If God is all-powerful, and if God is all-good, why is there suffering in the world? This is an ancient question, more recently deployed as a rejection of God. But perhaps the false assumption is not that there is a God, or that He is all-good and all-powerful, but that suffering is incontrovertibly evil. Of course, there is a relationship between suffering and evil; any privation of good is in some way evil. But is suffering evil, period, end of sentence? Are they identical, or inseparable?
One of the many reasons that the Catholic faith is held up for ridicule in the world, even by people who claim to embrace it, is that it not only makes the bold assertion that suffering is not exclusively evil, but that suffering is part of the best thing that ever happened to the world, and that you and I and every person we meet should actually choose and inflict upon themselves some suffering. On purpose. Madness! Yes, that is why the word “Lent” appears in so many punch lines.
Suffering, including our distance from God and unfamiliarity with His ways, is a result of sin. It first entered our world through the free action of our forbears, Original Sin, and is reinvigorated in every life through human action freely chosen, actual sins.
Suffering, whether by privation of good or active presence of pain or evil, was transformed when God Himself, through the free obedience of His Son, suffered on our behalf even unto death, the ultimate privation of good and accomplishment of evil. By Jesus’ free act, and the victory over death that He accomplished with it, suffering is transformed forever and for all into an act in which human freedom working in love has the power to transform evil into good.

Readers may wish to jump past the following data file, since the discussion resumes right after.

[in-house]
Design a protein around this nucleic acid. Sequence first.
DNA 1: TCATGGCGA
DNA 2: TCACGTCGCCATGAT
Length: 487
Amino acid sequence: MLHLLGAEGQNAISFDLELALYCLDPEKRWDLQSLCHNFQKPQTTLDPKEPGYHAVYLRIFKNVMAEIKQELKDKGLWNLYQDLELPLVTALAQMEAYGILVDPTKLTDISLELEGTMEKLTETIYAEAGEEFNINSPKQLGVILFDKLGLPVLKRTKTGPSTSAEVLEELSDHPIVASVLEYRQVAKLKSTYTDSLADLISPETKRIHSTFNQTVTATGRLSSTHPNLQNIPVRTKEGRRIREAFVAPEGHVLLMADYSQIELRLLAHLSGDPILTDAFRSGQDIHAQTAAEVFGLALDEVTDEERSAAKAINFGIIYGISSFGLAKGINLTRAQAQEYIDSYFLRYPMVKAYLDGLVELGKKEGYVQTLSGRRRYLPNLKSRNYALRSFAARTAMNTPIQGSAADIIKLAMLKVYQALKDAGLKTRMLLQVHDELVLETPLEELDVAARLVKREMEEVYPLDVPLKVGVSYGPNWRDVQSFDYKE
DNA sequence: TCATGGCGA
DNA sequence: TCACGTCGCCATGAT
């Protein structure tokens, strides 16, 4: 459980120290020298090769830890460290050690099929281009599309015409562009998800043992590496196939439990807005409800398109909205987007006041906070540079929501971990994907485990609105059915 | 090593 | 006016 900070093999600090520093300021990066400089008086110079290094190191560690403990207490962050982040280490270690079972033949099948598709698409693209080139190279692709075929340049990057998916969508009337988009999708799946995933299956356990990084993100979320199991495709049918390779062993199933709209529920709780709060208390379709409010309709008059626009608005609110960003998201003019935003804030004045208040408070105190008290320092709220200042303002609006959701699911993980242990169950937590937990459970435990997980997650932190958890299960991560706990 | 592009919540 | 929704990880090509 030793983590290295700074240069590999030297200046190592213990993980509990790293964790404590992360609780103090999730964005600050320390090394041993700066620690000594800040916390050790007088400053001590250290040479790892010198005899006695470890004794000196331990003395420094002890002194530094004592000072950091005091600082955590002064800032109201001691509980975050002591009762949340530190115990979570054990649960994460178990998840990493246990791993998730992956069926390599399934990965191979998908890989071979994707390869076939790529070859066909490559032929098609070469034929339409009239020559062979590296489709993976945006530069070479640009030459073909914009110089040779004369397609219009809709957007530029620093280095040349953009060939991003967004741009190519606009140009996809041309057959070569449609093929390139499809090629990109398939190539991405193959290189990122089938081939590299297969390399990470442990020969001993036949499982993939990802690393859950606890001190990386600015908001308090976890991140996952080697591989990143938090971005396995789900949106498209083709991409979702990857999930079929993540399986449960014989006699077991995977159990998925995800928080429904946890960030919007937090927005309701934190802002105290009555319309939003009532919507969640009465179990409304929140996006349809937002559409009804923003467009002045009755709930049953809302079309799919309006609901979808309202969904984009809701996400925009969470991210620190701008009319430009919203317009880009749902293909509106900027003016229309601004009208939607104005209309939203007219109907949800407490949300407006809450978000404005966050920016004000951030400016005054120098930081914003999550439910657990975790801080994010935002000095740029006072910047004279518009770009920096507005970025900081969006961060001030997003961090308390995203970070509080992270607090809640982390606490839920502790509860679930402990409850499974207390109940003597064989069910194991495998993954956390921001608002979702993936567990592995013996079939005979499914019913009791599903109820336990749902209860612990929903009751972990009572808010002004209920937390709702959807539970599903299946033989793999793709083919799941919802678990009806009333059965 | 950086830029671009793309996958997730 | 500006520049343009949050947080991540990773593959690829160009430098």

Two weeks ago, I shared Msgr. Pope’s admiring reflection on the passion, that is, the suffering of our patroness, Saint Bernadette Soubirous. I admit that I hesitated to make it all available, thinking that to many who would read it, the overwhelming impression of the life of the saint would have been one not of blessing and holiness, but of punishment and sorrow. How can that be good, and who would desire that?
Imagine, for a moment, that pain and privation gave you not sorrow, but joy. Wouldn’t that change your disposition toward everything? What would you fear and avoid? What would you pursue and embrace? Who would have power over you? See how your life would change – for the better?
That is motivation enough for you and for me to enter into this Lent with anticipation, not trepidation. Whatever penance we freely impose upon ourselves, and unite with the passion that Jesus freely undertook for us, is a step toward joy, and a step away from fear and oppression. In Lent we should regret not the penances that we bear for forty days, but only whatever penance we failed to take up, or failed to carry; only that could be our sorrow.
Bear this in mind as you calculate your program for Lent: do not be stinting in the portion of penance you think you can manage and still “get credit” for it. Rather, embrace something that ordinarily would be too great a burden, but by your union with Christ, will be redeemed into a cause for joy.
The presence of suffering in the world does not disprove the existence or benevolence of God. Rather God Himself, by the saving Passion of His Son, has redeemed the suffering that He did not bring to the world, and made it the place where in freedom we may find union with Him. And that union is perfect joy.